What is hypertension?
High blood pressure, also known as hypertension is when your blood pressure reading is 140/90mmHg or higher. Worryingly, one in four adults are thought to have hypertension with many people not even knowing they have it. Usually this silent condition, doesn’t come with any symptoms but if left untreated can increase your risk of serious incidents such as a heart attack or a stroke.
There are many ways to better manage your blood pressure, increasing your physical activity levels being one of best. Some people worry that becoming more active could increase your risk of hypertension but as a rule, the opposite is true. Think of your heart like a pump and your blood vessels like pipes; exercise makes your pump much stronger and efficient and therefore reduces the pressure required from the pipes, to do the same amount of work.
What exercise should I do?
Most exercise is beneficial to your health. However, if you are just starting to become more active and you currently have hypertension, it is also wise to start slow and gently build up from there.
Taking brisk walks – these can be broken down into 10 minute bouts. Start doing 1 x 10 mins per day and then as you start to feel fitter, make this 2 x 10 mins per day and so on. Your long-term aim is complete 150 minutes of moderate physical activity per week, across 7 days.
Swimming – this is an excellent activity and uses both the upper and lower body. Not only will this improve your cardiovascular fitness and help to manage your blood pressure, it will also improve muscle strength which is important to maintain as we get older.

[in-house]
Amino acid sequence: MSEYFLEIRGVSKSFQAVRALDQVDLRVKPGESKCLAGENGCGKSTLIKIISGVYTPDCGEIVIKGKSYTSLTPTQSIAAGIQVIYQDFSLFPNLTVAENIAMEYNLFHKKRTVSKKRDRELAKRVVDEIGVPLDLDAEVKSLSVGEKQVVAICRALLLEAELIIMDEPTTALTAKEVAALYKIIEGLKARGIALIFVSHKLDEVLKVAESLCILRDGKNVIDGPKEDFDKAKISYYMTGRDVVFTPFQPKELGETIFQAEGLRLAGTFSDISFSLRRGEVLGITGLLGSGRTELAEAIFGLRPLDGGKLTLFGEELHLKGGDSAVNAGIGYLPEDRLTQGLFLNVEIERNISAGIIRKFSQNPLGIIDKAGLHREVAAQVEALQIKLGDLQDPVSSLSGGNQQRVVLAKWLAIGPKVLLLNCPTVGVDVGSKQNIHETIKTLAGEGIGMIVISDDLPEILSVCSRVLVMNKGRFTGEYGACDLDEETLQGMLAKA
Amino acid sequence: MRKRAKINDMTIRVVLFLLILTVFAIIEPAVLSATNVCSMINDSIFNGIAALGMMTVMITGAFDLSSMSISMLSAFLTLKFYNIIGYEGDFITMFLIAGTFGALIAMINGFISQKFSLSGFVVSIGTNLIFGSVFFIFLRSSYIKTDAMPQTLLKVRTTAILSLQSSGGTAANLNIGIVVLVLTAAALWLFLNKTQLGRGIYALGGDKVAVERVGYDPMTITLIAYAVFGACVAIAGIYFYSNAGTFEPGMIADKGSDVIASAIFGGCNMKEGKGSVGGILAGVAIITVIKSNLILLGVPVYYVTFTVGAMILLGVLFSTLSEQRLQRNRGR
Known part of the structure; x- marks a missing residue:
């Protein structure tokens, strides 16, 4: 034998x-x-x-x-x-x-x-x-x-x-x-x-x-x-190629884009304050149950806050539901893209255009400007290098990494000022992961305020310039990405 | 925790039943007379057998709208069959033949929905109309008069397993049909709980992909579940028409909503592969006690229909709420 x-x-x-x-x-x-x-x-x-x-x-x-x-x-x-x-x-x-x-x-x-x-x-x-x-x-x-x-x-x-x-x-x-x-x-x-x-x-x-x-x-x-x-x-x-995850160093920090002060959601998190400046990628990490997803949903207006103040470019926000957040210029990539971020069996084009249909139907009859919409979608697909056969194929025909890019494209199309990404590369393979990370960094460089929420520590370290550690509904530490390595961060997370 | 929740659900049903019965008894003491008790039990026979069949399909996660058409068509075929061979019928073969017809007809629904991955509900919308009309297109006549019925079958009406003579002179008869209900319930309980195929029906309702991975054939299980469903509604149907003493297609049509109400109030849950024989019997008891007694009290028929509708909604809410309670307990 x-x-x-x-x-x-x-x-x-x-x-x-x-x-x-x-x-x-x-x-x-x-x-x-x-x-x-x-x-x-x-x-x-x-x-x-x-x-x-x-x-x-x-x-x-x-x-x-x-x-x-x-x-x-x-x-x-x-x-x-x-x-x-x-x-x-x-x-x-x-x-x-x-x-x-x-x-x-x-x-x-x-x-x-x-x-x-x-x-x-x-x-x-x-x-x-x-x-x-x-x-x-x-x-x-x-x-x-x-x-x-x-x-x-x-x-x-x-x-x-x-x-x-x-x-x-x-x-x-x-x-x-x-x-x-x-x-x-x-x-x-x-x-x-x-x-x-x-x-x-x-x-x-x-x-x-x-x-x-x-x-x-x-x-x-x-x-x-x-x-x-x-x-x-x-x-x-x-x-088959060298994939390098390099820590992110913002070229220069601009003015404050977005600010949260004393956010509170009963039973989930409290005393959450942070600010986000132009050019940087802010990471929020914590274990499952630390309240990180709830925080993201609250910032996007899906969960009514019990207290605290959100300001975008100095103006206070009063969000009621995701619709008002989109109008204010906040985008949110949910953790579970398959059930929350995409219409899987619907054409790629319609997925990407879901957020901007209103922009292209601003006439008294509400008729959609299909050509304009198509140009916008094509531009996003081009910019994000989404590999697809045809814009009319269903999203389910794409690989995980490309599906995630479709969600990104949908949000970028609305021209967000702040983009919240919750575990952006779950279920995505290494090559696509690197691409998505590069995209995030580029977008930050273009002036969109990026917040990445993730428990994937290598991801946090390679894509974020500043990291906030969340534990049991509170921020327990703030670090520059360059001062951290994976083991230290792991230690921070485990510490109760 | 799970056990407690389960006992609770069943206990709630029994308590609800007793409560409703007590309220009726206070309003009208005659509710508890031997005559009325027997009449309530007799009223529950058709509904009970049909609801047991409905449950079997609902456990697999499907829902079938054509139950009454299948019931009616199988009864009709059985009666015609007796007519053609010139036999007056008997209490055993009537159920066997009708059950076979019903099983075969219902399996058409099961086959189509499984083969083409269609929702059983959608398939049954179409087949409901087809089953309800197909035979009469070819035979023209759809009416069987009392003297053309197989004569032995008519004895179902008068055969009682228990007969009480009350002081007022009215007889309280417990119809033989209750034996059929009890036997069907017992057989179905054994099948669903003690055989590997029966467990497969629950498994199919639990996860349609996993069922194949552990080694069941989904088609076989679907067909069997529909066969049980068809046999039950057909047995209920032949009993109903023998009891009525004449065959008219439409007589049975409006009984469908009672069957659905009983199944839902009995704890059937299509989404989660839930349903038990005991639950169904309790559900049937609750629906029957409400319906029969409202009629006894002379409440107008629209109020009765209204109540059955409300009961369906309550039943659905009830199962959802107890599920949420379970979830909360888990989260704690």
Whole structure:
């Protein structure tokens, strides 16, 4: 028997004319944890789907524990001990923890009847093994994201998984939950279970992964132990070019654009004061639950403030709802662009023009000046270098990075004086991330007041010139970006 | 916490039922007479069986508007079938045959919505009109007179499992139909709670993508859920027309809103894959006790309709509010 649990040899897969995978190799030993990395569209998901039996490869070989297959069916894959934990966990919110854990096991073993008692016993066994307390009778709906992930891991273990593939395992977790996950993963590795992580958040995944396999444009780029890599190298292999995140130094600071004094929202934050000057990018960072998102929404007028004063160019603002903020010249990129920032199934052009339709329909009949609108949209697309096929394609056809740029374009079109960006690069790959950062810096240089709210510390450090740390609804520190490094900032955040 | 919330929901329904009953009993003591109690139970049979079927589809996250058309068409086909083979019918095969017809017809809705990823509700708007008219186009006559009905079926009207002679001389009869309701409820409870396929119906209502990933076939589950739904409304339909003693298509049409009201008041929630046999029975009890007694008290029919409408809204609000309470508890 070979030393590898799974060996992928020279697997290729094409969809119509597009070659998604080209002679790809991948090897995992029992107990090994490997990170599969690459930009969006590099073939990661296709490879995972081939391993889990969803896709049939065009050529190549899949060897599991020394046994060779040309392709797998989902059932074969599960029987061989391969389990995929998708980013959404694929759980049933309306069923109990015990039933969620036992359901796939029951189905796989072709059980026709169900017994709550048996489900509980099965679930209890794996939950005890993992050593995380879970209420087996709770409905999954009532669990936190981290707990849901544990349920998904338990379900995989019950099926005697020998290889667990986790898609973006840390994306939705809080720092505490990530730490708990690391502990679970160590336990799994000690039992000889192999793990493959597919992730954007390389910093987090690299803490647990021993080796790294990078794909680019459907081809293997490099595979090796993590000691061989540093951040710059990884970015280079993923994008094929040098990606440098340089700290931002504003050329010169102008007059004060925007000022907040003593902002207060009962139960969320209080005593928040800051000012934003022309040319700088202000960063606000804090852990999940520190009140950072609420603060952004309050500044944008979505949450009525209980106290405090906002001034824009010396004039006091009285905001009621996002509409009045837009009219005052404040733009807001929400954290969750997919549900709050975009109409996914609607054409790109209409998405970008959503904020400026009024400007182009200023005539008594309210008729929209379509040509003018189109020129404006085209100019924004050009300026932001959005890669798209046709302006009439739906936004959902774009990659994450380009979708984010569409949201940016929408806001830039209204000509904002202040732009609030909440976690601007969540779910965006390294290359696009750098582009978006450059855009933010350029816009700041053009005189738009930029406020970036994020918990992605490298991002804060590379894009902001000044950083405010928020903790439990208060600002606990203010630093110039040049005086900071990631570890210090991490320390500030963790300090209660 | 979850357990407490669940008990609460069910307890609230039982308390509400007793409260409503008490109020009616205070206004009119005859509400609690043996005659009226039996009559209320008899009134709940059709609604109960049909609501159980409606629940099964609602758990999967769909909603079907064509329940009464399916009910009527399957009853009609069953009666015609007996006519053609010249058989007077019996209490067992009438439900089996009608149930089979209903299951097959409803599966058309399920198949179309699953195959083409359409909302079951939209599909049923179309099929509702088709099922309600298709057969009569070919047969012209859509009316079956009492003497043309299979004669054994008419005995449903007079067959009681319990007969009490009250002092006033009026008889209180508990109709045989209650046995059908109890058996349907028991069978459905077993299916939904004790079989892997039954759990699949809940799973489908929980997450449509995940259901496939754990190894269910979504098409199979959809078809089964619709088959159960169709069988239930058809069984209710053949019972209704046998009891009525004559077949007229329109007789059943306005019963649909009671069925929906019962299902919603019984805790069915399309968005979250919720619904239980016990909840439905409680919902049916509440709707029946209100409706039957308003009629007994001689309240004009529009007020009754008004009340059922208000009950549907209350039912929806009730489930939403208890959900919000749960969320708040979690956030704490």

Cycling – dust of your bike, bring it out of the garage and get out in the fresh air! This will improve not only your physical health but some studies have shown how outdoor exercise improves your mental wellbeing too.
GP Exercise referral programmes – many towns offer specialist GP exercise referral programmes with trained instructors to prescribe exercise suitable to your needs. This doesn’t always have to include the gym but also might also include walking programmes and health improvement classes.
Many studies have shown the positive impact that physical activity has on the management of hypertension. If you are over 40 and haven’t had your blood pressure checked in a while, then it is worth having it checked out by your local pharmacist or GP as a precaution.